Energy Flow

When one organism eats another, molecules are metabolized and energy is transferred. As a result, energy flows through an ecosystem, moving from producers to consumers. One way to follow the pattern of energy flow is to group organisms in an ecosystem based on how they obtain energy. An organism's trophic (TRAHF-ik) level indicates the organism's position in a sequence of energy transfers. For example, all producers belong to the first trophic level. Herbivores belong to the second trophic level, and the predators belong to the third level. Most terrestrial ecosystems have only three or four trophic levels, whereas marine ecosystems often have more.

Food Chains and Food Webs

A food chain is a single pathway of feeding relationships among organisms in an ecosystem that results in energy transfer. A food chain may begin with grass, which is a primary producer. The chain may continue with a consumer of grass seeds—a meadow mouse. Next, a carnivorous snake may kill and eat the mouse. A hawk then may eat the snake, as shown in Figure 18-9.

The feeding relationships in an ecosystem are usually too complex to be represented by a single food chain. Many consumers eat more than one type of food. In addition, more than one species of consumer may feed on the same organism. Many food chains interlink, and a diagram of the feeding relationships among all the organisms in an ecosystem would resemble a web, as shown in Figure 18-10. For this reason, the interrelated food chains in an ecosystem are called a food web.

Energy Transfer trophic levels

Figure 18-11 represents the amount of 4 energy stored as organic material in each trophic level in an ecosystem. 3 The pyramid shape of the diagram indicates the low percentage of energy 2 transfer from one level to the next. On average, 10 percent of the total energy 1 consumed in one trophic level is incorporated into the organisms in the next.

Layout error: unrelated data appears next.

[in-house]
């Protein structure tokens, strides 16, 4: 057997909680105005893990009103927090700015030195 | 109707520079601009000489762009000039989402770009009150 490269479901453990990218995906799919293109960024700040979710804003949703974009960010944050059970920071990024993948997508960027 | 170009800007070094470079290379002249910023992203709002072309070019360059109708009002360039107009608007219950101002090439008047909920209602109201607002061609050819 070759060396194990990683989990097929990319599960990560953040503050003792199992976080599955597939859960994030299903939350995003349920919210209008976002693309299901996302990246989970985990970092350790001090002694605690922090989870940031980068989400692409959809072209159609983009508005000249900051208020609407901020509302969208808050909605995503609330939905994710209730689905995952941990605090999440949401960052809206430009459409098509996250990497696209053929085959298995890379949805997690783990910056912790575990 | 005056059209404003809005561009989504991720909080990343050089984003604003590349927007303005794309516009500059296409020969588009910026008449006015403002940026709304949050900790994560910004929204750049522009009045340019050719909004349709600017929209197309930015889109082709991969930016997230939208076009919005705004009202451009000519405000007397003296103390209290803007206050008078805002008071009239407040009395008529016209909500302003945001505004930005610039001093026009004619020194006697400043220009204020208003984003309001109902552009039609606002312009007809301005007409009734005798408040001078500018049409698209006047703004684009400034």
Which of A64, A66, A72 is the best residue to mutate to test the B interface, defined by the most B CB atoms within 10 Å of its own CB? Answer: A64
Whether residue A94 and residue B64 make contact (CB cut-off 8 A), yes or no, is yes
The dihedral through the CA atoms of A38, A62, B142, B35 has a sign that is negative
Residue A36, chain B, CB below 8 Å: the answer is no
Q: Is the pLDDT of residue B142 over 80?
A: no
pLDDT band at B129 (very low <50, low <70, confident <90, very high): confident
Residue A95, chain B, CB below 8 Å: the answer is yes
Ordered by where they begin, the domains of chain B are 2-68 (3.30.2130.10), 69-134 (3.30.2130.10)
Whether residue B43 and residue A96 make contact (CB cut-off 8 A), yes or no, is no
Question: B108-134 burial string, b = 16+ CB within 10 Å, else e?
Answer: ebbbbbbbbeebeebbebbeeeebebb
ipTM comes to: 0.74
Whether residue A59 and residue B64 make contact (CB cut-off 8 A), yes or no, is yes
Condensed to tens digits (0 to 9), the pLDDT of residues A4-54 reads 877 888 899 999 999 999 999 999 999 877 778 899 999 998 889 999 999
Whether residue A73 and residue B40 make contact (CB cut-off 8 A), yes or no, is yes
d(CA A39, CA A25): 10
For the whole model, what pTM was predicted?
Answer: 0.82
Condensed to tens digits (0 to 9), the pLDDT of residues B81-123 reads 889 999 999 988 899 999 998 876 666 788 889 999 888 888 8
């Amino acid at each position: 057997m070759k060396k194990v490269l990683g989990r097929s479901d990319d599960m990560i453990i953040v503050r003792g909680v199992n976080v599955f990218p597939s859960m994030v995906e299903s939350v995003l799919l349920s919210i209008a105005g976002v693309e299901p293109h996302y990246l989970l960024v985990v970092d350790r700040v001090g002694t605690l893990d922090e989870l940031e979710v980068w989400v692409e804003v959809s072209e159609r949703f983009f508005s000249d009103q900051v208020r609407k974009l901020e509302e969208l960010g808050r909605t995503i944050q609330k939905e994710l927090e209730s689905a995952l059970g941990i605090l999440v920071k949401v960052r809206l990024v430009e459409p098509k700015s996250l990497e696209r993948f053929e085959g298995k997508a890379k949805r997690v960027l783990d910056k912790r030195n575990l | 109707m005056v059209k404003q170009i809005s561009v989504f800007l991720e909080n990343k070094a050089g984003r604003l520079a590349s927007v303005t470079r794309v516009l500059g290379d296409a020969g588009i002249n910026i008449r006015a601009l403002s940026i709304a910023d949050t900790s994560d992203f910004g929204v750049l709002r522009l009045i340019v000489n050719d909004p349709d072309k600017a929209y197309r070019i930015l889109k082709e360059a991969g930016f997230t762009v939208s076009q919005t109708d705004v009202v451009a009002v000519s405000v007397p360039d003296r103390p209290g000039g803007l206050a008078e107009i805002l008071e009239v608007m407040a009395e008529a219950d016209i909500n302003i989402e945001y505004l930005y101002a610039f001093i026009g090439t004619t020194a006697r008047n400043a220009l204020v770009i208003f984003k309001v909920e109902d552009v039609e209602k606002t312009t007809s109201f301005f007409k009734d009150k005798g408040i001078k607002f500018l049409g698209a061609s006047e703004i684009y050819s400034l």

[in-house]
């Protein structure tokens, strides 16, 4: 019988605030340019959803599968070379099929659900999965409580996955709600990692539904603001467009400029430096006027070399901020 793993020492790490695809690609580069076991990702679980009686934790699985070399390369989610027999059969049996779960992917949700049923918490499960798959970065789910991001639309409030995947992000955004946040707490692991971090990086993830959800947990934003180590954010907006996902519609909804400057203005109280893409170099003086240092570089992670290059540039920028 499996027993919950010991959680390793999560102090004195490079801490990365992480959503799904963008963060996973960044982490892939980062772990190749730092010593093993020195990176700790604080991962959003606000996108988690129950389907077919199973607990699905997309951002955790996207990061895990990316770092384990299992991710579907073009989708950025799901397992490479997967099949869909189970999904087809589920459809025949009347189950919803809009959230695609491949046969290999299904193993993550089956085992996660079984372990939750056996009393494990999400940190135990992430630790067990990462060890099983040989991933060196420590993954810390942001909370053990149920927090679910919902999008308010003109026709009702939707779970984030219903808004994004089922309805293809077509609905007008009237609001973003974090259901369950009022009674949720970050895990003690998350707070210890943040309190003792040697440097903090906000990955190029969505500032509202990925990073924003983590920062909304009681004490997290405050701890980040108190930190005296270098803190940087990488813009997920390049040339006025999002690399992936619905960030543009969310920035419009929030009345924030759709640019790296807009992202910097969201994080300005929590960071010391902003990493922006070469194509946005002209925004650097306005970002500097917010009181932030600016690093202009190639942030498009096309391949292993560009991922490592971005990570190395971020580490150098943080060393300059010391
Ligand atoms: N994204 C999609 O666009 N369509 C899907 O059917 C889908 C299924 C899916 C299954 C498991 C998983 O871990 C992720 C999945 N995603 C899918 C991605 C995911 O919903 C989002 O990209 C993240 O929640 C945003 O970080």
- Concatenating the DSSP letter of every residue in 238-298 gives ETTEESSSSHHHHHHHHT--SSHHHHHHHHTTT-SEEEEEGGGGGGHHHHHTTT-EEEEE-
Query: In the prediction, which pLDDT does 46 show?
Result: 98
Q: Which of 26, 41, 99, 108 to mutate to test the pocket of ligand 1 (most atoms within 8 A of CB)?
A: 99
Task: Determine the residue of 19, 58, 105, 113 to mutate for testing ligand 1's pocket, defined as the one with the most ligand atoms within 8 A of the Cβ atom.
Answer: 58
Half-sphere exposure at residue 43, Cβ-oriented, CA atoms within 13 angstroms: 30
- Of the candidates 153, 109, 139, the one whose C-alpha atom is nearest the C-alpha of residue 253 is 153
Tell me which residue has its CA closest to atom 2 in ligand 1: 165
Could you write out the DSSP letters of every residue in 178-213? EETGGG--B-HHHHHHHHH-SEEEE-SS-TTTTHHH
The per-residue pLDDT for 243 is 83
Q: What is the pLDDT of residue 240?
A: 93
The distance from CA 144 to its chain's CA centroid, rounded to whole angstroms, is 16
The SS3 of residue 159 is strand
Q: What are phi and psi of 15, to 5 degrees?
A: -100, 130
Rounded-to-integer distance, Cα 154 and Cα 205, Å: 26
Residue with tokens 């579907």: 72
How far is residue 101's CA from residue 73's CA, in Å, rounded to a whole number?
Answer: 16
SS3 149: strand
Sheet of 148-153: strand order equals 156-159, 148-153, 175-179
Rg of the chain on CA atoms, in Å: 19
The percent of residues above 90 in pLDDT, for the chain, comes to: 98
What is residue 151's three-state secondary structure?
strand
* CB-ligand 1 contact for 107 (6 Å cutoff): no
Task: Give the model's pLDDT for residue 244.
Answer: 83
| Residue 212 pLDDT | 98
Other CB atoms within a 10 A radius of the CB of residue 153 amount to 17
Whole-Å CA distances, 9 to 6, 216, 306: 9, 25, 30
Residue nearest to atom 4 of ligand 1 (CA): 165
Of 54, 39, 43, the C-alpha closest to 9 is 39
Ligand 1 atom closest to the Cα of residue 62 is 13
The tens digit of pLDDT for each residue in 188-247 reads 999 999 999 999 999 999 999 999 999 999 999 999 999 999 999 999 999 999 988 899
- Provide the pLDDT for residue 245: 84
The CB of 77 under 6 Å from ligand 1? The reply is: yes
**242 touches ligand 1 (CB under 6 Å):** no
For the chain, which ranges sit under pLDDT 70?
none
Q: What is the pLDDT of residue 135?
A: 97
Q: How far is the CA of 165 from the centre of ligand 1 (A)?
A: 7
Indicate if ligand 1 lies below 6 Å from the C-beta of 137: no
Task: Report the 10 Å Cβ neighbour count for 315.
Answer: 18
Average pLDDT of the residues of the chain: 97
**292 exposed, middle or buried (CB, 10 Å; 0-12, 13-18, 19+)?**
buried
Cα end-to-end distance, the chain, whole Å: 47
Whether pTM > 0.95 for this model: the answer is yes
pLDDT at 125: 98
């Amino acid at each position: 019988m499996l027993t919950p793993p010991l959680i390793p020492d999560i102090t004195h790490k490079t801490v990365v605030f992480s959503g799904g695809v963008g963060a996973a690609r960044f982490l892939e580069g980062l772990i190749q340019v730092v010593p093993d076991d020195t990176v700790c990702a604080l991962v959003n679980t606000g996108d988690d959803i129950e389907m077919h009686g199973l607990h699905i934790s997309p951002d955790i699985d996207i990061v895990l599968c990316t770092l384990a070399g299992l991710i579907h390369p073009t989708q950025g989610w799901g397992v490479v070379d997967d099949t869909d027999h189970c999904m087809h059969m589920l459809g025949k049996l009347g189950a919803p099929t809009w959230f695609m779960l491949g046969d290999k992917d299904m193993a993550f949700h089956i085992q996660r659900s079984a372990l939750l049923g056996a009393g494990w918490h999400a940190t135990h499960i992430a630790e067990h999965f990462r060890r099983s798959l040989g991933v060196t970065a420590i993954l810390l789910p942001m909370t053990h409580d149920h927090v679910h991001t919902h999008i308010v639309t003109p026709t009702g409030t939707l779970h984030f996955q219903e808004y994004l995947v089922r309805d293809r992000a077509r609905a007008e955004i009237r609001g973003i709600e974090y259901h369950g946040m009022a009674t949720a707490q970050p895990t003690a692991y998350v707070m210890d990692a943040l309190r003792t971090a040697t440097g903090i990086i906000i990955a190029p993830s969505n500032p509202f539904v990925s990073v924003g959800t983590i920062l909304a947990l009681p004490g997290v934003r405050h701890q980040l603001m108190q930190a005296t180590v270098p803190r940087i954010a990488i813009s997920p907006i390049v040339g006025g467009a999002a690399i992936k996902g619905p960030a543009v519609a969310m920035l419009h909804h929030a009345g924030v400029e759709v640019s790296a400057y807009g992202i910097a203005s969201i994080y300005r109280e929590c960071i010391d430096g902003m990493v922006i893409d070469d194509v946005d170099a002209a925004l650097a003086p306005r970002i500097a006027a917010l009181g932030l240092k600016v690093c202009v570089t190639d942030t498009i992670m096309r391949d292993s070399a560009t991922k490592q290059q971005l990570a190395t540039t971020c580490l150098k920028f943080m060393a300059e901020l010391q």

Why is the percentage of energy transfer so low? One reason is that some of the organisms in a trophic level escape being eaten. They eventually die and become food for decomposers, but the energy contained in their bodies does not pass to a higher trophic level. Even when an organism is eaten, some of the molecules in its body will be in a form that the consumer cannot break down and use. For example, a cougar cannot extract energy from the antlers, hooves, and hair of a deer. Also, the energy used by prey for cellular respiration cannot be used by predators to synthesize new biomass. Finally, no transformation or transfer of energy is 100 percent efficient. Every time energy is transformed, such as during the reactions of metabolism, some energy is lost as heat.

Limitations of Trophic Levels

The low rate of energy transfer between trophic levels explains why ecosystems rarely contain more than a few trophic levels. Because only about 10 percent of the energy available at one trophic level is transferred to the next trophic level, there is not enough energy in the top trophic level to support more levels.

Organisms at the lowest trophic level are usually much more abundant than organisms at the highest level. In Africa, for example, you will see about 1,000 zebras, gazelles, and other herbivores for every lion or leopard you see, and there are far more grasses and shrubs than there are herbivores. Higher trophic levels contain less energy, so, they can support fewer individuals.

Large carnivores Small carnivores Herbivores

Producers figure 18-11

This diagram represents energy transfer through four trophic levels. The amount of energy transferred from one level to another can vary, so the structure shown can vary. What is always true, however, is that the top level is much smaller than the lowest level. Hence, energy-transfer diagrams are always roughly pyramid shaped.

Large carnivores Small carnivores Herbivores

Producers figure 18-11

This diagram represents energy transfer through four trophic levels. The amount of energy transferred from one level to another can vary, so the structure shown can vary. What is always true, however, is that the top level is much smaller than the lowest level. Hence, energy-transfer diagrams are always roughly pyramid shaped.

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